UNITED STATES OF AMERICA,
On February 19, 2004, Armando Mendez was indicted on one count of possession with intent to distribute 100 kilograms or more of marijuana in violation of 21 U.S.C. § 841(a)(1) and (b)(1)(B), one count of conspiracy to commit the same in violation of 21 U.S.C. § 846, and one count of possessing a firearm in furtherance of a drug trafficking crime in violation of 18 U.S.C. § 924(c)(1)(A)(I), all arising out of a traffic stop near Rodeo, New Mexico. Prior to trial, Mendez argued the Border Patrol agents lacked reasonable suspicion to make the stop and moved to suppress all subsequent evidence and statements. The district court denied the motion. Mendez timely appealed. We exercise jurisdiction under 28 U.S.C. § 1291 and AFFIRM.
On the morning of November 11, 2003, Jeffrey Stevens, a Senior Border Patrol Agent working an 11:00 p.m. to 7:00 a.m. shift, was traveling southbound on New Mexico Highway 80 near Rodeo, New Mexico, approximately forty miles north of the U.S. border and one mile east of the Arizona state line, looking for illegal aliens that had been smuggled into the country and recently spotted in the area. At approximately 6:50 a.m., Agent Stevens saw a Ford Thunderbird with Arizona license plates traveling north on Highway 80. He stopped his Border Patrol truck until the Thunderbird passed his location. As the car passed, Agent Stevens noticed it was riding low, as if carrying excessive weight. He turned his truck around and followed the Thunderbird to investigate further. While following, Agent Stevens ran a registration check on the Thunderbird's license plate and radioed ahead to another Border Patrol officer stationed in the area, Agent Jose Gonzales. Agent Stevens discontinued his pursuit because his truck lacked emergency lights or a siren. Agent Gonzales located the Thunderbird at approximately 7:10 a.m. Agent Gonzales had his headlights on as the Thunderbird passed his location, and he was able to discern three occupants. Additionally, he saw two large square packages on both sides of the back seat passenger and also noticed the car appeared heavily loaded. Agent Gonzales pulled on to the road and began following the Thunderbird. He noticed the trunk lid was not level and a six-inch piece of twine was hanging out of the trunk. Agent Gonzales deemed the twine and large packages consistent with narcotics and marijuana packaging he had encountered in the past.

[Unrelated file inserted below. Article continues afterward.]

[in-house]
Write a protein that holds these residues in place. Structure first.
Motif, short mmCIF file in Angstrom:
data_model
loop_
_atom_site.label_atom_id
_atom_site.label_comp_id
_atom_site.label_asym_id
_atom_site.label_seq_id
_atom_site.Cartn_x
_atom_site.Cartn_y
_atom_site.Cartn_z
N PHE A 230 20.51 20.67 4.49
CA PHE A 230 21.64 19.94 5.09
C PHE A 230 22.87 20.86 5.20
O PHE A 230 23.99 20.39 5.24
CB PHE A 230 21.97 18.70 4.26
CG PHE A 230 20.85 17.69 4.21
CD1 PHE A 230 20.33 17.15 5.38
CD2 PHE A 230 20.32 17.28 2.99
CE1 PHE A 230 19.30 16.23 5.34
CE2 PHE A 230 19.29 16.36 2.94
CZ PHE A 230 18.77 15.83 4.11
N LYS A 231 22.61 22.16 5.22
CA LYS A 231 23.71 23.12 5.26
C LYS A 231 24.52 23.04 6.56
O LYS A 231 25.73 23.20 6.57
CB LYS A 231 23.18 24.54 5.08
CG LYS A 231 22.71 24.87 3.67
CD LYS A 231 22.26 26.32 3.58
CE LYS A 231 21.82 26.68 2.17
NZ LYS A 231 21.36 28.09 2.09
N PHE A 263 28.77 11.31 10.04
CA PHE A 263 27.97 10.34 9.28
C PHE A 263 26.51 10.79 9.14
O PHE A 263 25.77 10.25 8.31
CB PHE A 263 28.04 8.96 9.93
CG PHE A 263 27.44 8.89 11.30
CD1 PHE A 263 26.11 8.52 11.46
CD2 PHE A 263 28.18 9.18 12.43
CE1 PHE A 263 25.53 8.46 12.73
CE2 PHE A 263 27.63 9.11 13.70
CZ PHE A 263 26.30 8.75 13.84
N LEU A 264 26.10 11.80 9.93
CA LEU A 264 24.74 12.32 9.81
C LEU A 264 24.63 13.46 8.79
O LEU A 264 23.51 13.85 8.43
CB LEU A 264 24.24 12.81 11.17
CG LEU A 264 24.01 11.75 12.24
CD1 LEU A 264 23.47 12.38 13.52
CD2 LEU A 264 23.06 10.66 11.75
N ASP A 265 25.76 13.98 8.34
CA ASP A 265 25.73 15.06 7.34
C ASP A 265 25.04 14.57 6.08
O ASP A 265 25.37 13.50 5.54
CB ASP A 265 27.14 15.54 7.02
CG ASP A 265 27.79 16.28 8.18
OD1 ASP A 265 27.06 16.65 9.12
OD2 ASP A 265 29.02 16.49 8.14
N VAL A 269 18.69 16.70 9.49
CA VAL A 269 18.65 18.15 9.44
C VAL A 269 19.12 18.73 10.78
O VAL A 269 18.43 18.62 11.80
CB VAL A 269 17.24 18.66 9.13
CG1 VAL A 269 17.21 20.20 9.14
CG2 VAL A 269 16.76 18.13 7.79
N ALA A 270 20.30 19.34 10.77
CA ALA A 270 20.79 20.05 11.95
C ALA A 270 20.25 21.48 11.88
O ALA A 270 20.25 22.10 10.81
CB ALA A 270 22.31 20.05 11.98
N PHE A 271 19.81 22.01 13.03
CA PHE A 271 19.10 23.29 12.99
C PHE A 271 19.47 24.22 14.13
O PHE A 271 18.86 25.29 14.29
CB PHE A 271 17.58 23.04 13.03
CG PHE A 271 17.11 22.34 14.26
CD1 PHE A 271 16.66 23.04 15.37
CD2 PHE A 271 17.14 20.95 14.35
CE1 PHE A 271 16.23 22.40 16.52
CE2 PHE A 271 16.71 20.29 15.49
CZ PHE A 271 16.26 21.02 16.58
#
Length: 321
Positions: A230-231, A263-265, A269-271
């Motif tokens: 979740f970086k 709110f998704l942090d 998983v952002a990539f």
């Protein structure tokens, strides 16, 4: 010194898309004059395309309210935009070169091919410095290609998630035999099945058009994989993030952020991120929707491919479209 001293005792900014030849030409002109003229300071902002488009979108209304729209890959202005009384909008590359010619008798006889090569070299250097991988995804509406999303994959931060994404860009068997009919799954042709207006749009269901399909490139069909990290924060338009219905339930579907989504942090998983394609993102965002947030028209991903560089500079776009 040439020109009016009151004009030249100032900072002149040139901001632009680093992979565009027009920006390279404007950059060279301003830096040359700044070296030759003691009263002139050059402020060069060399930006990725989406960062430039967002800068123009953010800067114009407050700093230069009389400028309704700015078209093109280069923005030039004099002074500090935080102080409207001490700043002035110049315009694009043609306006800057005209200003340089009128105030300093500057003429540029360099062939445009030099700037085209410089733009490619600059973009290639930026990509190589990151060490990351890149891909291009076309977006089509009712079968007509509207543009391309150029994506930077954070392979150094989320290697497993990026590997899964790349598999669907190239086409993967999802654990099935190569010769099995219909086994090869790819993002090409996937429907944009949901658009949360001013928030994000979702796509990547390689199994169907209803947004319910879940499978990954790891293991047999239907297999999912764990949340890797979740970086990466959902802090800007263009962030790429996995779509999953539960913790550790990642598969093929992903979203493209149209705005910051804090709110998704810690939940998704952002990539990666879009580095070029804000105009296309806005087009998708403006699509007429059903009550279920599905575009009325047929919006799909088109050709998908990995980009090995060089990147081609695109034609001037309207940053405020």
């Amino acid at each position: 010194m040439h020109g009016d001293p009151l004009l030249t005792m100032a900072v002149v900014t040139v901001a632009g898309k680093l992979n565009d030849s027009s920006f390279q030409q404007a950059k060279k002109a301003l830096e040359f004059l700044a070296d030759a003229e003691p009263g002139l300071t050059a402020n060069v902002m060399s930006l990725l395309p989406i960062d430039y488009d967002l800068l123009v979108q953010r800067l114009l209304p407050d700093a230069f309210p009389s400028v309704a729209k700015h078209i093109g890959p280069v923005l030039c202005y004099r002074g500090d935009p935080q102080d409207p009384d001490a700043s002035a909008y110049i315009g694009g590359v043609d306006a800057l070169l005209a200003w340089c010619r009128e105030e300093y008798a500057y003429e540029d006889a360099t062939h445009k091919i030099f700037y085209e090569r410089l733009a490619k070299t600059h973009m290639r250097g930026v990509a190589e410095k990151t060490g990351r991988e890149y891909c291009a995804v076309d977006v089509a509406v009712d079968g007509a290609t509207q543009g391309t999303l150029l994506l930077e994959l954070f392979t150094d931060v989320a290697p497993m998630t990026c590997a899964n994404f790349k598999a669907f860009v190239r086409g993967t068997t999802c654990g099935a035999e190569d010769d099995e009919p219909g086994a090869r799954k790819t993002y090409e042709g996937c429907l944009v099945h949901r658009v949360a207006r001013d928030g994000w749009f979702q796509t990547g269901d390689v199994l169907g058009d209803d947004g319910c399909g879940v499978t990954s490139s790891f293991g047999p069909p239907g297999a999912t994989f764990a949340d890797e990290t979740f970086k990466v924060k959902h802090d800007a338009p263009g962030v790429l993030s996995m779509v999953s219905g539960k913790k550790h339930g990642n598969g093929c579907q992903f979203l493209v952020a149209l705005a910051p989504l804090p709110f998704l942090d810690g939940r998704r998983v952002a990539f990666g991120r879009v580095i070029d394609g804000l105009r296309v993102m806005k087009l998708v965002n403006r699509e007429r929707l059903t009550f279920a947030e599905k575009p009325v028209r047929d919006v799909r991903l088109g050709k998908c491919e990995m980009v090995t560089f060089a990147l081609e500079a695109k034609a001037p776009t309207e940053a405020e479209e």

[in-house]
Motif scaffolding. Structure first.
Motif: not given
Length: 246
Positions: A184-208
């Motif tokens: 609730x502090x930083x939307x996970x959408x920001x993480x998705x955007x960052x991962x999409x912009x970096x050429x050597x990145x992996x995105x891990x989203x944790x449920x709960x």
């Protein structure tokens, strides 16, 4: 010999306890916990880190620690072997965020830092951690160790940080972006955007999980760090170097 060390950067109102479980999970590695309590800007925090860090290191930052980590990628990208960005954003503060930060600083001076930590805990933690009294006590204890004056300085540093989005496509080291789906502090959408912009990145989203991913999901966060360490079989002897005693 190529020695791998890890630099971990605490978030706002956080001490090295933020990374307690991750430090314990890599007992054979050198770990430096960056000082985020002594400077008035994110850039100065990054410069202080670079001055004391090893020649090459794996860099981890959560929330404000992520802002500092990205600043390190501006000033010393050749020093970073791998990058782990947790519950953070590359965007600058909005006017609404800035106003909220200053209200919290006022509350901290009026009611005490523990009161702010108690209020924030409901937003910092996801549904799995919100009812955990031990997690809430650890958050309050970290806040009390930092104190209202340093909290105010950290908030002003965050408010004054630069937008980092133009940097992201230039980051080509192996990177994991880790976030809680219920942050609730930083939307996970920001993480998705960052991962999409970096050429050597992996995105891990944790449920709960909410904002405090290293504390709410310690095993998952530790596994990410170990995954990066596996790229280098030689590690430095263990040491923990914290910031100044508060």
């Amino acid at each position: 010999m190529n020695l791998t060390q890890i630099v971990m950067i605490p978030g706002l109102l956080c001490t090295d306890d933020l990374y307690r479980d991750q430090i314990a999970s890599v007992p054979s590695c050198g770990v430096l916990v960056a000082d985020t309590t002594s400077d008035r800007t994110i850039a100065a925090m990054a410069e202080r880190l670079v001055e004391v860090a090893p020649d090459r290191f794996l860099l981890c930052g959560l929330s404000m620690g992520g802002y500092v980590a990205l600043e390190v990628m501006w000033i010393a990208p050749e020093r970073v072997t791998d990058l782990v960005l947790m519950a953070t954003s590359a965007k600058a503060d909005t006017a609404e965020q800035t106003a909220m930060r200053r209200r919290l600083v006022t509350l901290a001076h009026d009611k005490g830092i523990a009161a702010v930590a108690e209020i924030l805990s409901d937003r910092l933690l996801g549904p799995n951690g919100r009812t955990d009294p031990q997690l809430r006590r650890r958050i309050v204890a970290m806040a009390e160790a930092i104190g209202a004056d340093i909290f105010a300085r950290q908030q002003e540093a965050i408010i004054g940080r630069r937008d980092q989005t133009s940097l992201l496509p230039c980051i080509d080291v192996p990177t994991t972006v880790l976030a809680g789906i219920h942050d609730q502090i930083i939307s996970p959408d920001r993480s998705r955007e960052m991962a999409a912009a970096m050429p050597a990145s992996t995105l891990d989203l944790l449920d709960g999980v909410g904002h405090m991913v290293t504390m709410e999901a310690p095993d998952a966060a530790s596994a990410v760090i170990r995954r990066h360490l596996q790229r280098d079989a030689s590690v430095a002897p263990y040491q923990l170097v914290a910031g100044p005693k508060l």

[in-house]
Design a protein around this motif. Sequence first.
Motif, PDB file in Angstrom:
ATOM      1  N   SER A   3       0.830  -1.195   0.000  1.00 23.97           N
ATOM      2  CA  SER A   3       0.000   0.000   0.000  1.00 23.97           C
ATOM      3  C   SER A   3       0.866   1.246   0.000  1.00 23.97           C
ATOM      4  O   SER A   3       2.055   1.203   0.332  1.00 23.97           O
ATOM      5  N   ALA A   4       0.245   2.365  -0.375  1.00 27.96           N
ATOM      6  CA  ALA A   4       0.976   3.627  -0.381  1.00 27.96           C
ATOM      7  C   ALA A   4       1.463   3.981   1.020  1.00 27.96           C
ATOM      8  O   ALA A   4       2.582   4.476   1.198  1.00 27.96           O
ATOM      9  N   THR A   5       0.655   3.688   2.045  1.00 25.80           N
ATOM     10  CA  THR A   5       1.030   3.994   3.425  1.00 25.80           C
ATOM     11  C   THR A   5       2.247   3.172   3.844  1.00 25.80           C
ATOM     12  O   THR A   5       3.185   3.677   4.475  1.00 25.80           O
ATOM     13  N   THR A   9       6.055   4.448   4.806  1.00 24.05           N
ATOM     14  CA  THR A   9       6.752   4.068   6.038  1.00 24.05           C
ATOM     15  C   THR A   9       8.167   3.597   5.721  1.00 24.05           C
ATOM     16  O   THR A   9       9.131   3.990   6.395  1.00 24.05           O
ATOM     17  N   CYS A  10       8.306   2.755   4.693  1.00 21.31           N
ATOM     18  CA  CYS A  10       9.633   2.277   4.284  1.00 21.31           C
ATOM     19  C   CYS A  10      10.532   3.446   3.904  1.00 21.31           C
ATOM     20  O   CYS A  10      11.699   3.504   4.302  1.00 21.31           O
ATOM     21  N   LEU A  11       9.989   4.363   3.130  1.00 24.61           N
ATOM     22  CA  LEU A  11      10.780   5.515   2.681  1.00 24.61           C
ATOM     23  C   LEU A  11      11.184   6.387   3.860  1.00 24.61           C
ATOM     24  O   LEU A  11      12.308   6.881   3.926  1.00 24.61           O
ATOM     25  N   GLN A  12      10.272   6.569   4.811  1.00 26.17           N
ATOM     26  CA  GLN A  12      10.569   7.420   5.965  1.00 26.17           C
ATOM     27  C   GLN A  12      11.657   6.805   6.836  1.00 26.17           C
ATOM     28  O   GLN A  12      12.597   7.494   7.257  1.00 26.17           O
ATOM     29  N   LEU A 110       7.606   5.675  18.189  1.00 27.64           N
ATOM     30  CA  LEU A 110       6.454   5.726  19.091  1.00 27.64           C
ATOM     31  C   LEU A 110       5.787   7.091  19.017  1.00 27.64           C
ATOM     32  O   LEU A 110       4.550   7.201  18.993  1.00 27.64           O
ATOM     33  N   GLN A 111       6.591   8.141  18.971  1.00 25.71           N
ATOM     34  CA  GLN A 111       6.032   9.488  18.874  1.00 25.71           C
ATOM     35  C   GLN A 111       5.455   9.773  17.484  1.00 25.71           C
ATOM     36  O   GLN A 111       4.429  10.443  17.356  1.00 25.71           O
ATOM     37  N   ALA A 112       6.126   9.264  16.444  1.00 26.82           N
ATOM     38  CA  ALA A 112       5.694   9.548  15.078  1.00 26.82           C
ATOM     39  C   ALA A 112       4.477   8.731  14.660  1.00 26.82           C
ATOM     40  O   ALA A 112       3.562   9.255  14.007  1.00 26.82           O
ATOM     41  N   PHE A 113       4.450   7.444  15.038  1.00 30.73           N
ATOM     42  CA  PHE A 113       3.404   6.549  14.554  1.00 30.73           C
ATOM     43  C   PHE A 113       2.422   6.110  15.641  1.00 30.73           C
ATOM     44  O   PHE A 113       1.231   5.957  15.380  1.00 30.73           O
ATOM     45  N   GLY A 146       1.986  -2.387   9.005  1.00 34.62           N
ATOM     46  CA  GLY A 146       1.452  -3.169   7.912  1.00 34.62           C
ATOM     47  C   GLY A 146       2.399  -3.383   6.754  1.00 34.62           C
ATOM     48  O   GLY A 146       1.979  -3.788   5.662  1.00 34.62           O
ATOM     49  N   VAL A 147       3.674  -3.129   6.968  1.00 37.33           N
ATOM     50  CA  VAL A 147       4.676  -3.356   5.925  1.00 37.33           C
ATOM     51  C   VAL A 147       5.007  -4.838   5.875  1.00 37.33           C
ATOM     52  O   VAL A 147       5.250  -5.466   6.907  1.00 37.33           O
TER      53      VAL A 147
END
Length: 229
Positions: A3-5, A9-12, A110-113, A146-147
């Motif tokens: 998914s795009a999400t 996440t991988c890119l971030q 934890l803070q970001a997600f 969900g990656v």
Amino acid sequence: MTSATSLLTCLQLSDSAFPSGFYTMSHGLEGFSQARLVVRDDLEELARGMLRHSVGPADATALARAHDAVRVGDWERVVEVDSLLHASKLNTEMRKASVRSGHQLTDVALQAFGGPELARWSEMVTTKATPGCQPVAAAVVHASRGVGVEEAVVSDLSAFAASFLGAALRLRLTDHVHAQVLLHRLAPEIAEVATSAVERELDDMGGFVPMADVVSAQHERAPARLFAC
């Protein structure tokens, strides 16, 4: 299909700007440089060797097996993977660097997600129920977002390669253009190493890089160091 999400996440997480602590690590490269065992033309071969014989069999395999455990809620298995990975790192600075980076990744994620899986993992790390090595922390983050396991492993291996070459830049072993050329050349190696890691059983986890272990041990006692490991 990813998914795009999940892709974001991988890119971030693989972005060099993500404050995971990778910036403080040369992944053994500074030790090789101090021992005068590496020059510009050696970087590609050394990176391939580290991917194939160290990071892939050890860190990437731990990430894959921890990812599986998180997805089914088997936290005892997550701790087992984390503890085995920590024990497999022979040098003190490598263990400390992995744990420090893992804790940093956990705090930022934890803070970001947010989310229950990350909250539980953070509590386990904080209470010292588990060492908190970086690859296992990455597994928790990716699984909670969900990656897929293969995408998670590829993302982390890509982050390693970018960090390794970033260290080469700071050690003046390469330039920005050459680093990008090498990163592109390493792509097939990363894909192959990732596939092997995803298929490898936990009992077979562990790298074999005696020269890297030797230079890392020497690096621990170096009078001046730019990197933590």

Based on the packages and the twine, coupled with the apparent weight of the vehicle, Agent Gonzales decided to stop the Thunderbird and investigate further. After he activated his emergency equipment, the Thunderbird pulled over, and Agent Gonzales approached the car on foot. As he approached, Agent Gonzales saw a piece of burlap behind the driver's seat that was consistent with narcotics packaging and smelled the odor of marijuana. Mendez was arrested and approximately 168 kilograms of marijuana and a loaded handgun were seized.
After his indictment, Mendez moved on March 17, 2004 to suppress the evidence resulting from the stop of his vehicle. On July 14, 2004, after a hearing, the district court denied Mendez's motion. The district court held "there was reasonable suspicion to make the stop" under United States v. Brignoni-Ponce, 422 U.S. 873, 884 (1975), and United States v. Arvizu, 534 U.S. 266, 274 (2002). (R. Vol. III at 114.) Mendez entered a conditional guilty plea reserving the right to appeal the district court's denial of his suppression motion. On September 13, 2004, Mendez was sentenced to 120 months imprisonment. The judgment was filed on October 18, 2004. This appeal followed.
"Well established standards govern our review of a district court's ruling on a motion to suppress." United States v. Cantu, 87 F.3d 1118, 1120 (10th Cir. 1996). We consider the evidence in the light most favorable to the prevailing party, here the government, and accept the district court's factual findings unless clearly erroneous. Id.; United States v. Anderson, 114 F.3d 1059, 1063 (10th Cir. 1997). But the "ultimate determination of reasonableness under the Fourth Amendment is a question of law reviewable de novo." United States v. McKissick, 204 F.3d 1282, 1296 (10th Cir. 2000) (internal quotation omitted). The defendant bears the burden of establishing the challenged stop violated the Fourth Amendment. United States v. Long, 176 F.3d 1304, 1307 (10th Cir. 1999).